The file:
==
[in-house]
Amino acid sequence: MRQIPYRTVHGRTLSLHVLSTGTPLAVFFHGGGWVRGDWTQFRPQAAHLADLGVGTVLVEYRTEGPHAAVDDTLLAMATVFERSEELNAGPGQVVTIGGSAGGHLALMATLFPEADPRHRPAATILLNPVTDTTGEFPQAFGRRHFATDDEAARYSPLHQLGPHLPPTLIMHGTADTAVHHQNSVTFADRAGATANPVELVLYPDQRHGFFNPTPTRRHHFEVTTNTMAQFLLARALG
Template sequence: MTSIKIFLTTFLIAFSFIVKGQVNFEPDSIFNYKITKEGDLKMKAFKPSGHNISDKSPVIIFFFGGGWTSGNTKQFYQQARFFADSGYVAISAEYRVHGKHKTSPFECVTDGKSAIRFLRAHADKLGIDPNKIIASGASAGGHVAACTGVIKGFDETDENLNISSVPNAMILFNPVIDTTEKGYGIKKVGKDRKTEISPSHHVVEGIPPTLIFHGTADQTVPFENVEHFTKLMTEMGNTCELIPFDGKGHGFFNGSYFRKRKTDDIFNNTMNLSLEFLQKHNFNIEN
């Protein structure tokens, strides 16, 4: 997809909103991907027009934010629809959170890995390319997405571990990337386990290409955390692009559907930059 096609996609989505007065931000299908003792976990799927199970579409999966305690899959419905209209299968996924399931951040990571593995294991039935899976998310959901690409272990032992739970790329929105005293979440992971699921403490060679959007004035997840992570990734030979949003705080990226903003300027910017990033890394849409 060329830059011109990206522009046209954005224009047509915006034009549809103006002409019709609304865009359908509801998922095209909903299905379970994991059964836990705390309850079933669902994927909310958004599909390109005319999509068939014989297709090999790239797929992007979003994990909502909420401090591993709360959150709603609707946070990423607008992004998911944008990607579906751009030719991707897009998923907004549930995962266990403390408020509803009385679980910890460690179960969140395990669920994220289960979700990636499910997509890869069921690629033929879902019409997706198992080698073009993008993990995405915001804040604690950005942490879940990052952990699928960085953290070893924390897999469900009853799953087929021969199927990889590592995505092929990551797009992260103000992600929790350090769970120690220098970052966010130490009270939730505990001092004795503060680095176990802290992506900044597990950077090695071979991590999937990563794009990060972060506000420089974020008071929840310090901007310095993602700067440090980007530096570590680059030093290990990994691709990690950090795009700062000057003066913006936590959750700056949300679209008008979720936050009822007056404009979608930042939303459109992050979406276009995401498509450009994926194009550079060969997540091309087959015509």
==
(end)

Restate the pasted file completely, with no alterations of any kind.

[in-house]
Amino acid sequence: MRQIPYRTVHGRTLSLHVLSTGTPLAVFFHGGGWVRGDWTQFRPQAAHLADLGVGTVLVEYRTEGPHAAVDDTLLAMATVFERSEELNAGPGQVVTIGGSAGGHLALMATLFPEADPRHRPAATILLNPVTDTTGEFPQAFGRRHFATDDEAARYSPLHQLGPHLPPTLIMHGTADTAVHHQNSVTFADRAGATANPVELVLYPDQRHGFFNPTPTRRHHFEVTTNTMAQFLLARALG
Template sequence: MTSIKIFLTTFLIAFSFIVKGQVNFEPDSIFNYKITKEGDLKMKAFKPSGHNISDKSPVIIFFFGGGWTSGNTKQFYQQARFFADSGYVAISAEYRVHGKHKTSPFECVTDGKSAIRFLRAHADKLGIDPNKIIASGASAGGHVAACTGVIKGFDETDENLNISSVPNAMILFNPVIDTTEKGYGIKKVGKDRKTEISPSHHVVEGIPPTLIFHGTADQTVPFENVEHFTKLMTEMGNTCELIPFDGKGHGFFNGSYFRKRKTDDIFNNTMNLSLEFLQKHNFNIEN
């Protein structure tokens, strides 16, 4: 997809909103991907027009934010629809959170890995390319997405571990990337386990290409955390692009559907930059 096609996609989505007065931000299908003792976990799927199970579409999966305690899959419905209209299968996924399931951040990571593995294991039935899976998310959901690409272990032992739970790329929105005293979440992971699921403490060679959007004035997840992570990734030979949003705080990226903003300027910017990033890394849409 060329830059011109990206522009046209954005224009047509915006034009549809103006002409019709609304865009359908509801998922095209909903299905379970994991059964836990705390309850079933669902994927909310958004599909390109005319999509068939014989297709090999790239797929992007979003994990909502909420401090591993709360959150709603609707946070990423607008992004998911944008990607579906751009030719991707897009998923907004549930995962266990403390408020509803009385679980910890460690179960969140395990669920994220289960979700990636499910997509890869069921690629033929879902019409997706198992080698073009993008993990995405915001804040604690950005942490879940990052952990699928960085953290070893924390897999469900009853799953087929021969199927990889590592995505092929990551797009992260103000992600929790350090769970120690220098970052966010130490009270939730505990001092004795503060680095176990802290992506900044597990950077090695071979991590999937990563794009990060972060506000420089974020008071929840310090901007310095993602700067440090980007530096570590680059030093290990990994691709990690950090795009700062000057003066913006936590959750700056949300679209008008979720936050009822007056404009979608930042939303459109992050979406276009995401498509450009994926194009550079060969997540091309087959015509």